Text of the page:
On September 17, 2021, the U.S. Environmental Protection Agency (EPA) published a final rule amending the regulations applicable to phenol, isopropylated phosphate (3:1) (PIP (3:1)) promulgated under the Toxic Substances Control Act (TSCA). 86 Fed. Reg. 51823. Specifically, EPA is extending the compliance date applicable to the processing and distribution in commerce of certain PIP (3:1)-containing articles, and the PIP (3:1) used to make those articles, from March 8, 2021, to March 8, 2022. For such articles, EPA states that it is also extending the compliance date for the recordkeeping requirements applicable to manufacturers, processors, and distributors from March 8, 2021, to March 8, 2022. According to EPA, the articles covered by the amendment “include a wide range of key consumer and commercial goods such as cellular telephones, laptop computers, and other electronic and electrical devices and industrial and commercial equipment used in various sectors including transportation, life sciences, and semiconductor production.” The final rule is effective September 17, 2021. More information on the final PIP (3:1) rule and on EPA’s plan for a new rulemaking on persistent, bioaccumulative, and toxic (PBT) chemicals is available in our September 3, 2021, memorandum, “EPA Plans New Rulemaking for PBTs, Extends Compliance Dates for PIP (3:1) Rule.”


 

By Lynn L. Bergeson and Carla N. Hutton

The New York State Department of Environmental Conservation (NYS DEC) held a virtual public meeting on September 15, 2021, on its forthcoming regulations to implement the Toxic Chemicals in Children’s Products Law. New York’s Environmental Conservation Law (ECL) Article 37 Title 9 establishes an ingredient disclosure program and prohibits certain chemicals in children’s products. ECL Article 37 instructs NYS DEC to promulgate lists of chemicals of concern and high priority chemicals that must be disclosed if present in children's products by March 1, 2022. ECL Article 37 also prohibits the sale of children’s products containing benzene, asbestos, or tris(1,3-dichloro-2-propyl) phosphate effective January 1, 2023. NYS DEC has posted a list of chemicals under consideration and their practical quantification limits. The list includes the evidence that NYS DEC has identified to justify listing the chemicals. Comments may be submitted via e-mail to .(JavaScript must be enabled to view this email address) or via mail to:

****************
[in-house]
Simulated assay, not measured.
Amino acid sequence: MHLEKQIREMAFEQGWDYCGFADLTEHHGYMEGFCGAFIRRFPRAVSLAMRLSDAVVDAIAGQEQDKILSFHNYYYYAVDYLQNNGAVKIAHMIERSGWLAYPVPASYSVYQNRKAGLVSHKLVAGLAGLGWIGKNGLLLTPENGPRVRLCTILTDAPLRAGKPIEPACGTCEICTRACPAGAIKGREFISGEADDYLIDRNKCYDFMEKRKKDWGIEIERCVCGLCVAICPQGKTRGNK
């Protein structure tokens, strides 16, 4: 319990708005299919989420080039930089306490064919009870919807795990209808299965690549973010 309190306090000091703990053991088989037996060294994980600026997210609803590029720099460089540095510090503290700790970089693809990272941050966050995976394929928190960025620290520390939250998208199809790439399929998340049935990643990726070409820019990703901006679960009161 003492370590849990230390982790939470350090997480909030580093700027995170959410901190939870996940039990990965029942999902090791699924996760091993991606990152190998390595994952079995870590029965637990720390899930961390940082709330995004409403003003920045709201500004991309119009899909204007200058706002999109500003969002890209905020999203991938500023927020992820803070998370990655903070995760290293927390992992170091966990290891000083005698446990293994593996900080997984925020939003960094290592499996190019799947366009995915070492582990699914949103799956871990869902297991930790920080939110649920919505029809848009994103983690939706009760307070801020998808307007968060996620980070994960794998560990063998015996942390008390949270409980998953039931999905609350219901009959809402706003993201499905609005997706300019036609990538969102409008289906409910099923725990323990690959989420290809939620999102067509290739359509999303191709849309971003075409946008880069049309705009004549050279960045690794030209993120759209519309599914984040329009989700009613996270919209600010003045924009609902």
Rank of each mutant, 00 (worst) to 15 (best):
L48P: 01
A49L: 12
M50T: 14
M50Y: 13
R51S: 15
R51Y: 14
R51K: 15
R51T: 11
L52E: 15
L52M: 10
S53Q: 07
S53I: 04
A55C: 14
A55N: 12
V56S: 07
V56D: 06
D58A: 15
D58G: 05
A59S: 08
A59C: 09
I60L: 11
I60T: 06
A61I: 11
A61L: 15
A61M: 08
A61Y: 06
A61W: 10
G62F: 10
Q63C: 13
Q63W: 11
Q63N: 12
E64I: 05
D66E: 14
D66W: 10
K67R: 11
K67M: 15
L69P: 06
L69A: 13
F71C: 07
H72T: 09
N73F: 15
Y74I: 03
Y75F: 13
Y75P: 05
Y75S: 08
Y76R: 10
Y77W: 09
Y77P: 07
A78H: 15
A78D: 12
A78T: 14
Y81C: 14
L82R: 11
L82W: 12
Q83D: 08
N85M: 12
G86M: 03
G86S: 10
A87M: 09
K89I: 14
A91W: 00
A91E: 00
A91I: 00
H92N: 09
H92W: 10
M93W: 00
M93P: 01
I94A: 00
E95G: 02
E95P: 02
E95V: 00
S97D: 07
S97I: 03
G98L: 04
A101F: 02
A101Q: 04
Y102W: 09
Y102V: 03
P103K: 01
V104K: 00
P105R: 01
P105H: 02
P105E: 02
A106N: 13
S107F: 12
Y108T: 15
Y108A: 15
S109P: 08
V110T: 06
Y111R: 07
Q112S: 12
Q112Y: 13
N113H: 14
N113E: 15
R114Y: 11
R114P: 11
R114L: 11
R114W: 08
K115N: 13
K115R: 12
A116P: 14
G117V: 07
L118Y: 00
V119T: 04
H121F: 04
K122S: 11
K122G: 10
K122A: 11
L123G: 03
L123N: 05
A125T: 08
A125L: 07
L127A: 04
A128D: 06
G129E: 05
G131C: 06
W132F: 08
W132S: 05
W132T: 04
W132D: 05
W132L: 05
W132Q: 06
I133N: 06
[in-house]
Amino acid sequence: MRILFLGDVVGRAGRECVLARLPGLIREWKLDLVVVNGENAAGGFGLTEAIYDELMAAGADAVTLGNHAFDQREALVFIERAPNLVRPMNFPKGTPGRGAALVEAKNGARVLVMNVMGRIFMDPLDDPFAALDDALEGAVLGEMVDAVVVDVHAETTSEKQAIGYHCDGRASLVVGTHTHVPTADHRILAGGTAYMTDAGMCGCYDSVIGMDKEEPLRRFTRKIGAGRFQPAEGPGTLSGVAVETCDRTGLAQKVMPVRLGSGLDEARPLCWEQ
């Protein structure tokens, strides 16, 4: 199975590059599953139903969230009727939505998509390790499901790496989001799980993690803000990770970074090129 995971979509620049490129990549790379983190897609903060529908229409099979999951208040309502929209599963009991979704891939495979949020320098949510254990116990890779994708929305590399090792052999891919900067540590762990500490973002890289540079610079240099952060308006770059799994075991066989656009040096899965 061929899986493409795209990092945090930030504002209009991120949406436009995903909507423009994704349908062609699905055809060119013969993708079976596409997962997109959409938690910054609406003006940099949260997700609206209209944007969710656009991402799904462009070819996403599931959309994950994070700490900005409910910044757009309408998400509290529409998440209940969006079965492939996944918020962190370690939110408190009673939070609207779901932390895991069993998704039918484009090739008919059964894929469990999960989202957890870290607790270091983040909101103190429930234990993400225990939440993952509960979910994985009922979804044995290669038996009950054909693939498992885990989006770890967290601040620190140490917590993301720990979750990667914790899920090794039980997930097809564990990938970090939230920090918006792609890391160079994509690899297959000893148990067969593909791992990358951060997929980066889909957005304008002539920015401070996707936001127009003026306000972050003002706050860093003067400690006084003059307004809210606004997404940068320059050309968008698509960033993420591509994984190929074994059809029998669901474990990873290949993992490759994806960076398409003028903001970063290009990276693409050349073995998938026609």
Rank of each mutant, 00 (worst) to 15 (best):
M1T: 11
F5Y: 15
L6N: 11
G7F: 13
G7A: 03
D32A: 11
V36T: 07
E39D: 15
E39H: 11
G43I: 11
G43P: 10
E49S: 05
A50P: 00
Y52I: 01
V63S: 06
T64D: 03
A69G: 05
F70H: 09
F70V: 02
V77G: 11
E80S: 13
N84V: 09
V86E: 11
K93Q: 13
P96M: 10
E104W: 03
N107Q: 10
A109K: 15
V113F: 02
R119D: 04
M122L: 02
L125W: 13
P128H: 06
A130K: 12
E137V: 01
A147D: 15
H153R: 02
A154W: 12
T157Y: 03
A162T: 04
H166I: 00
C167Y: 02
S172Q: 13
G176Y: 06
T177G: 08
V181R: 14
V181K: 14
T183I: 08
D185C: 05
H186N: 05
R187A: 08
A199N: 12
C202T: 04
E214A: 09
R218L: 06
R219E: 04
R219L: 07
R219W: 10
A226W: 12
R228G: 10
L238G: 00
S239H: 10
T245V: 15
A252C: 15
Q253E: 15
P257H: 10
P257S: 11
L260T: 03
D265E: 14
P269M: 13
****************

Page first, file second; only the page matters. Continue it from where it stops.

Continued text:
Emily Dominiak
NYS DEC -- Division of Materials Management
625 Broadway
Albany, NY 12233-7252
Comments must be submitted by 5:00 p.m. (EDT) on October 15, 2021.

According to NYS DEC’s website, NYS DEC has made a recording of the September 15, 2021, meeting available for review. The website notes that NYS DEC “will hold a formal public comment period on the proposed rule at a later date, which will be published in the Environmental Notice Bulletin.”


 

By Lynn L. Bergeson and Carla N. Hutton
 
On August 31, 2021, the U.S. Environmental Protection Agency (EPA) released the final scope documents for the Toxic Substances Control Act (TSCA) risk evaluations of diisodecyl phthalate (DIDP) and diisononyl phthalate (DINP). 86 Fed. Reg. 48695; 86 Fed. Reg. 48693. In its August 31, 2021, press release, EPA notes that both DIDP and DINP “belong to a family of chemicals called phthalates and are commonly used as plasticizers in the production of plastic and plastic coating to increase flexibility.”
 
According to EPA, the final scope documents reflect the policy changes on risk evaluations announced in June 2021. This includes plans to consider exposure pathways that may be regulated outside of TSCA, like air and water, and potential for exposures to fenceline communities (i.e., communities near industrial facilities). EPA states that “[a]ssumptions that personal protective equipment (PPE) in occupational settings will always be properly utilized will not be used as the basis for the risk determination. Use of PPE, and other ways industry protects its workers, will be assessed during the risk evaluation and considered as potential ways to address unreasonable risks during the risk management process.” More information on the policy changes is available in our July 1, 2021, memorandum.
 
The final scope documents explain EPA’s plan for the risk evaluations, including the conditions of use, hazards, exposures, and the potentially exposed or susceptible subpopulations that EPA will consider. The documents also include a description of the reasonably available information and the best available science approaches that EPA will use; a conceptual model that outlines the potential hazards and exposures throughout the life cycle of the chemical; an analysis plan to identify the approaches and methods EPA will use to assess health and environmental risks; and a plan for peer review. More information will be available in a forthcoming memorandum that will be posted on our website.


 

WEBINAR
Thursday, September 9, 2021
11:00 a.m. – 12:00 p.m. (EDT)
Register Now